This goes back to my initial question about whether period talk should be limited to only young girls. Every gender must be as aware and involved in these discussions so that each girl going through it is comfortable to speak about it to her friends/relatives when needed. I remember a heartwarming post which was viral on various social media platforms about how a teenage boy helped a classmate during her periods. This is possible only when our conversations are all-inclusive, regardless of any gender. This also helps us to debunk myths around menstruation for the young generation who might be absorbing a whole lot of random stuff from their milieu. They need to get the right information from the right people and it is on us to make this happen.
Image source: shutterstock
Multiple award winning blogger, influencer, author, multi-faceted entrepreneur, creative writing mentor, choreographer, social activist and a wanderer at heart read more...
Women's Web is an open platform that publishes a diversity of views, individual posts do not necessarily represent the platform's views and opinions at all times.
Stay updated with our Weekly Newsletter or Daily Summary - or both!
Can you believe this bloke compelled me to wear only saris - full time at home- till the eighth month of my pregnancy?! The excessive heat coupled with humidity made my life miserable.
Recently when I browsed an interesting post by a fellow author on this very forum I had a sense of déjà vu. She describes the absolutely unnecessary hullabaloo over ladies donning nighties and /or dupatta –less suits.
I wish to narrate how I was in dire straits so far wearing a ‘nightie’ was concerned.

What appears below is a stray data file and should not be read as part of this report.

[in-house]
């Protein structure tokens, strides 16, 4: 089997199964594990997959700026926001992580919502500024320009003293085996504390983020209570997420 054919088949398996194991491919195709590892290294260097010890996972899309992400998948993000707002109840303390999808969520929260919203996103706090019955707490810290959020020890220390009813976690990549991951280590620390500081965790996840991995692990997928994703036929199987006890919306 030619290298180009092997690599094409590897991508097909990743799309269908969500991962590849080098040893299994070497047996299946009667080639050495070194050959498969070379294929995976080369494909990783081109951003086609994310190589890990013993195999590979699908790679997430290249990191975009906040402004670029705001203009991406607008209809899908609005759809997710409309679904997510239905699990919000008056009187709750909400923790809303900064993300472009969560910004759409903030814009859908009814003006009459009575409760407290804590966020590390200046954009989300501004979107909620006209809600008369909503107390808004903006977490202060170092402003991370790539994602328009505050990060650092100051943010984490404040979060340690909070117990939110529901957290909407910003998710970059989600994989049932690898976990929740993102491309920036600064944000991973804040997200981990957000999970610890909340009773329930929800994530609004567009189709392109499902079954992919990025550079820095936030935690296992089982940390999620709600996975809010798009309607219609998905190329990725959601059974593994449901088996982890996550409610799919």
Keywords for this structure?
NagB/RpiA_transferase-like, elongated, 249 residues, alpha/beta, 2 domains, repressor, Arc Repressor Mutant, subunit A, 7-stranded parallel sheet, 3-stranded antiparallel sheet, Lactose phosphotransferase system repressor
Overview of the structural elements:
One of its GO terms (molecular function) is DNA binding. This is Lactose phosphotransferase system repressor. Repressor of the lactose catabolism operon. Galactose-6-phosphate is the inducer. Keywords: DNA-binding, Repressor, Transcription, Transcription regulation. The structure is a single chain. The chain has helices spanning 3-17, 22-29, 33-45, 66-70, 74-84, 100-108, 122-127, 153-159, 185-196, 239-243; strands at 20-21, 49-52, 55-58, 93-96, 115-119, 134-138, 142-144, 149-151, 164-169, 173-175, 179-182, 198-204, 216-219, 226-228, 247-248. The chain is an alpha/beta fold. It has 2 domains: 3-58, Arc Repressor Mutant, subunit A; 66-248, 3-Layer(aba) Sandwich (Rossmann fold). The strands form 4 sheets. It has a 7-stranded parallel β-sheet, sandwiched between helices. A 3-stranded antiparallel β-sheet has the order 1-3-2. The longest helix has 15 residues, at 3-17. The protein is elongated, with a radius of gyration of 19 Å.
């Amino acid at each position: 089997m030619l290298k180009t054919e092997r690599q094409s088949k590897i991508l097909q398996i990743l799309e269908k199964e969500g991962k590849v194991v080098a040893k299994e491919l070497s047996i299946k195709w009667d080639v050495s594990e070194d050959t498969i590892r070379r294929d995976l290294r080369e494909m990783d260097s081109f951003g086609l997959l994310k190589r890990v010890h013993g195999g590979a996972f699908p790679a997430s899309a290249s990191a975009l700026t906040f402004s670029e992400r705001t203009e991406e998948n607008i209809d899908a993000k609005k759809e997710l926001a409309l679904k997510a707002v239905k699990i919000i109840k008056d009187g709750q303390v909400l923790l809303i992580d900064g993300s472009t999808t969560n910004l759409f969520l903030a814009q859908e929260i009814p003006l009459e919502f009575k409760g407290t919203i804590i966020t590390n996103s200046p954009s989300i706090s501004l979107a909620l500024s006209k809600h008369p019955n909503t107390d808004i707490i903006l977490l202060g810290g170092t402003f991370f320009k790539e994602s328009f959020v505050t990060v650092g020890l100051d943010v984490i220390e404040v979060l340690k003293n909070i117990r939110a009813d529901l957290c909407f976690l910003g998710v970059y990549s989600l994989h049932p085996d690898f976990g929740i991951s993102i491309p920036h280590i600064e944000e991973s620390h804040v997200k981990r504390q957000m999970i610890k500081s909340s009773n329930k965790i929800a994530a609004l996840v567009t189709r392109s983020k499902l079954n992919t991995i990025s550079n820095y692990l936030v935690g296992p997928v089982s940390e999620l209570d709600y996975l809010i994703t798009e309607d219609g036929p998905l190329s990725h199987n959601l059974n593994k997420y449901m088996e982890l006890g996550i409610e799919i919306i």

I lived in my ultra orthodox sasural under constant surveillance of two moral guardians (read Taliban) in the shape of the husband’s mom and dad. The mom was unschooled and dim-witted while the dad was a medical practitioner. But he out-Heroded the Herod in orthodoxy.
My supervisor introduced me as a valuable member of the team, emphasizing my skills and contributions rather than focusing on my gender identity. This simple act set the tone for my experience in the workplace.
As a transwoman navigating the corporate world, I had encountered my fair share of discrimination and challenges. Transitioning without the support of my parents and having limited friendships in my personal life made the journey difficult and lonely. However, when I stepped into the office, something remarkable happened, I left behind the stress and negativity, embracing a space where I could truly be myself.
Joining the marketing team as a graphic designer, I was initially apprehensive about how my colleagues would react to my gender identity. But to my surprise, the atmosphere was welcoming and respectful from day one. My supervisor, Sarah, introduced me as a valuable member of the team, emphasizing my skills and contributions rather than focusing on my gender identity. This simple act set the tone for my experience in the workplace.
As I settled into my role, I discovered that my colleagues went out of their way to make me feel comfortable and included. They consistently used my correct name and pronouns, creating an environment where I could be authentically me. Being an introvert, making friends wasn’t always easy for me, but within this workplace, I found a supportive community that embraced me for who I truly am. The workplace became a haven where I could escape the stresses of my personal life and focus on my professional growth.
Please enter your email address